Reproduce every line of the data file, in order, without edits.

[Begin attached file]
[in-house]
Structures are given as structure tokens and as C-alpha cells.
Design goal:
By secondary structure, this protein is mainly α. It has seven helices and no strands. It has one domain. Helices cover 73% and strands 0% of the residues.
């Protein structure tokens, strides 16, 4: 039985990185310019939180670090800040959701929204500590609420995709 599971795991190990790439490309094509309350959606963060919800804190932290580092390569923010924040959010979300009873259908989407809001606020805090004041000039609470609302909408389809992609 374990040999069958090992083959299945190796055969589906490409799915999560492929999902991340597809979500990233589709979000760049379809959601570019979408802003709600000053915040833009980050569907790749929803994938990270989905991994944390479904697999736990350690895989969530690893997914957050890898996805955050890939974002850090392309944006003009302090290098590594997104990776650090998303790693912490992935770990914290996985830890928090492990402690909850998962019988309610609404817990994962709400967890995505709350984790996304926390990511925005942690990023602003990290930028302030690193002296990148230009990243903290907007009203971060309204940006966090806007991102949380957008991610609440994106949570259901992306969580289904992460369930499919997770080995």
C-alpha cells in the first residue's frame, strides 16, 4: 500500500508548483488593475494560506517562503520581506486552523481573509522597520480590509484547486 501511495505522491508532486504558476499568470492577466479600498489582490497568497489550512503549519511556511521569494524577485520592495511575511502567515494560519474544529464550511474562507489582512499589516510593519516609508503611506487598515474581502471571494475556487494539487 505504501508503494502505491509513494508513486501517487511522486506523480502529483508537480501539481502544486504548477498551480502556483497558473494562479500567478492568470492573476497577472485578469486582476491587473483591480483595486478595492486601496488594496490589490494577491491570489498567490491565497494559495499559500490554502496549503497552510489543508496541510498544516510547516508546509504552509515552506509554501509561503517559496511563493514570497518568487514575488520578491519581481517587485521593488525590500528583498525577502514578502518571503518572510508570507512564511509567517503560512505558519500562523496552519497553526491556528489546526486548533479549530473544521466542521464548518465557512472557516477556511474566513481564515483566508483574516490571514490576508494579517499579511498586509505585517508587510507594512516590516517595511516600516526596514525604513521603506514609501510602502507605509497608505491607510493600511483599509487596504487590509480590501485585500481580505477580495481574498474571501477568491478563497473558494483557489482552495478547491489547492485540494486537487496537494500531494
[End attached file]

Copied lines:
[in-house]
Structures are given as structure tokens and as C-alpha cells.
Design goal:
By secondary structure, this protein is mainly α. It has seven helices and no strands. It has one domain. Helices cover 73% and strands 0% of the residues.
């Protein structure tokens, strides 16, 4: 039985990185310019939180670090800040959701929204500590609420995709 599971795991190990790439490309094509309350959606963060919800804190932290580092390569923010924040959010979300009873259908989407809001606020805090004041000039609470609302909408389809992609 374990040999069958090992083959299945190796055969589906490409799915999560492929999902991340597809979500990233589709979000760049379809959601570019979408802003709600000053915040833009980050569907790749929803994938990270989905991994944390479904697999736990350690895989969530690893997914957050890898996805955050890939974002850090392309944006003009302090290098590594997104990776650090998303790693912490992935770990914290996985830890928090492990402690909850998962019988309610609404817990994962709400967890995505709350984790996304926390990511925005942690990023602003990290930028302030690193002296990148230009990243903290907007009203971060309204940006966090806007991102949380957008991610609440994106949570259901992306969580289904992460369930499919997770080995």
C-alpha cells in the first residue's frame, strides 16, 4: 500500500508548483488593475494560506517562503520581506486552523481573509522597520480590509484547486 501511495505522491508532486504558476499568470492577466479600498489582490497568497489550512503549519511556511521569494524577485520592495511575511502567515494560519474544529464550511474562507489582512499589516510593519516609508503611506487598515474581502471571494475556487494539487 505504501508503494502505491509513494508513486501517487511522486506523480502529483508537480501539481502544486504548477498551480502556483497558473494562479500567478492568470492573476497577472485578469486582476491587473483591480483595486478595492486601496488594496490589490494577491491570489498567490491565497494559495499559500490554502496549503497552510489543508496541510498544516510547516508546509504552509515552506509554501509561503517559496511563493514570497518568487514575488520578491519581481517587485521593488525590500528583498525577502514578502518571503518572510508570507512564511509567517503560512505558519500562523496552519497553526491556528489546526486548533479549530473544521466542521464548518465557512472557516477556511474566513481564515483566508483574516490571514490576508494579517499579511498586509505585517508587510507594512516590516517595511516600516526596514525604513521603506514609501510602502507605509497608505491607510493600511483599509487596504487590509480590501485585500481580505477580495481574498474571501477568491478563497473558494483557489482552495478547491489547492485540494486537487496537494500531494